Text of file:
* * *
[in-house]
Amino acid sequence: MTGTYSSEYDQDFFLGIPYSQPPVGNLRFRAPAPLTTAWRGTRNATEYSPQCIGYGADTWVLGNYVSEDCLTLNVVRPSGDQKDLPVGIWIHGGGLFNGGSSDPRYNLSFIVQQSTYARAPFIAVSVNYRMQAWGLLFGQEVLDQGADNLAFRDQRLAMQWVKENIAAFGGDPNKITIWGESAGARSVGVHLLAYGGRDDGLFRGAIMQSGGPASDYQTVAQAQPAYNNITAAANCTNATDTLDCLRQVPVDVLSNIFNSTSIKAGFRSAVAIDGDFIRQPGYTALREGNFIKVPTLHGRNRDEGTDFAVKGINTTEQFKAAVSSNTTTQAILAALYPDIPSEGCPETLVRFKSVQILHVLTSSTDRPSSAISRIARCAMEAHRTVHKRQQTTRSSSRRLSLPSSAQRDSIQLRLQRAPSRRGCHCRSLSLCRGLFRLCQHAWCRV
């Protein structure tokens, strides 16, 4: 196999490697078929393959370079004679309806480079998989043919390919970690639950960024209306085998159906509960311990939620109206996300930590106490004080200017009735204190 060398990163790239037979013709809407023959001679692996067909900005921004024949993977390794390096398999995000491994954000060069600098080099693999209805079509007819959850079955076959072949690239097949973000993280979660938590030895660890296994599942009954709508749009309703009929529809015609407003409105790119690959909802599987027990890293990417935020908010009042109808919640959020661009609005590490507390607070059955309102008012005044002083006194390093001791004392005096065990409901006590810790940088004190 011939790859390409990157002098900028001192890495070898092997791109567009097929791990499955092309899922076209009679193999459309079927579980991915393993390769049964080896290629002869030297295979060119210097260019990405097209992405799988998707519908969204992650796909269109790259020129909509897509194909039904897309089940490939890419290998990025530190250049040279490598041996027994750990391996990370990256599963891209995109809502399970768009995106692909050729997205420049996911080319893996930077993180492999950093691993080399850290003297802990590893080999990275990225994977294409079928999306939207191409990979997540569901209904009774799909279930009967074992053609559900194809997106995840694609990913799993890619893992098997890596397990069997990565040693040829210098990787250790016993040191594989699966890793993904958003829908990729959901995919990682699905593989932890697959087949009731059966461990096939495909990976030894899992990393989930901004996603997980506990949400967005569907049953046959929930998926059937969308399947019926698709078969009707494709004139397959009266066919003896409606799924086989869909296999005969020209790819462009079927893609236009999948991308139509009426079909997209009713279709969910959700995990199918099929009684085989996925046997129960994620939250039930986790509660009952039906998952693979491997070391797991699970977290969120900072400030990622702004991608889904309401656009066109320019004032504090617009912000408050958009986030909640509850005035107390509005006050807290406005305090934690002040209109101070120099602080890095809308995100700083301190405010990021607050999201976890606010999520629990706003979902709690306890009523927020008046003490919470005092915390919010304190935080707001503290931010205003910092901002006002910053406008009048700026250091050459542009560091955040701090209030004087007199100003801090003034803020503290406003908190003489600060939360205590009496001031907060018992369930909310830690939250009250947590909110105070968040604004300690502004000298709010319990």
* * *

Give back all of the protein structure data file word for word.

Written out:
[in-house]
Amino acid sequence: MTGTYSSEYDQDFFLGIPYSQPPVGNLRFRAPAPLTTAWRGTRNATEYSPQCIGYGADTWVLGNYVSEDCLTLNVVRPSGDQKDLPVGIWIHGGGLFNGGSSDPRYNLSFIVQQSTYARAPFIAVSVNYRMQAWGLLFGQEVLDQGADNLAFRDQRLAMQWVKENIAAFGGDPNKITIWGESAGARSVGVHLLAYGGRDDGLFRGAIMQSGGPASDYQTVAQAQPAYNNITAAANCTNATDTLDCLRQVPVDVLSNIFNSTSIKAGFRSAVAIDGDFIRQPGYTALREGNFIKVPTLHGRNRDEGTDFAVKGINTTEQFKAAVSSNTTTQAILAALYPDIPSEGCPETLVRFKSVQILHVLTSSTDRPSSAISRIARCAMEAHRTVHKRQQTTRSSSRRLSLPSSAQRDSIQLRLQRAPSRRGCHCRSLSLCRGLFRLCQHAWCRV
């Protein structure tokens, strides 16, 4: 196999490697078929393959370079004679309806480079998989043919390919970690639950960024209306085998159906509960311990939620109206996300930590106490004080200017009735204190 060398990163790239037979013709809407023959001679692996067909900005921004024949993977390794390096398999995000491994954000060069600098080099693999209805079509007819959850079955076959072949690239097949973000993280979660938590030895660890296994599942009954709508749009309703009929529809015609407003409105790119690959909802599987027990890293990417935020908010009042109808919640959020661009609005590490507390607070059955309102008012005044002083006194390093001791004392005096065990409901006590810790940088004190 011939790859390409990157002098900028001192890495070898092997791109567009097929791990499955092309899922076209009679193999459309079927579980991915393993390769049964080896290629002869030297295979060119210097260019990405097209992405799988998707519908969204992650796909269109790259020129909509897509194909039904897309089940490939890419290998990025530190250049040279490598041996027994750990391996990370990256599963891209995109809502399970768009995106692909050729997205420049996911080319893996930077993180492999950093691993080399850290003297802990590893080999990275990225994977294409079928999306939207191409990979997540569901209904009774799909279930009967074992053609559900194809997106995840694609990913799993890619893992098997890596397990069997990565040693040829210098990787250790016993040191594989699966890793993904958003829908990729959901995919990682699905593989932890697959087949009731059966461990096939495909990976030894899992990393989930901004996603997980506990949400967005569907049953046959929930998926059937969308399947019926698709078969009707494709004139397959009266066919003896409606799924086989869909296999005969020209790819462009079927893609236009999948991308139509009426079909997209009713279709969910959700995990199918099929009684085989996925046997129960994620939250039930986790509660009952039906998952693979491997070391797991699970977290969120900072400030990622702004991608889904309401656009066109320019004032504090617009912000408050958009986030909640509850005035107390509005006050807290406005305090934690002040209109101070120099602080890095809308995100700083301190405010990021607050999201976890606010999520629990706003979902709690306890009523927020008046003490919470005092915390919010304190935080707001503290931010205003910092901002006002910053406008009048700026250091050459542009560091955040701090209030004087007199100003801090003034803020503290406003908190003489600060939360205590009496001031907060018992369930909310830690939250009250947590909110105070968040604004300690502004000298709010319990």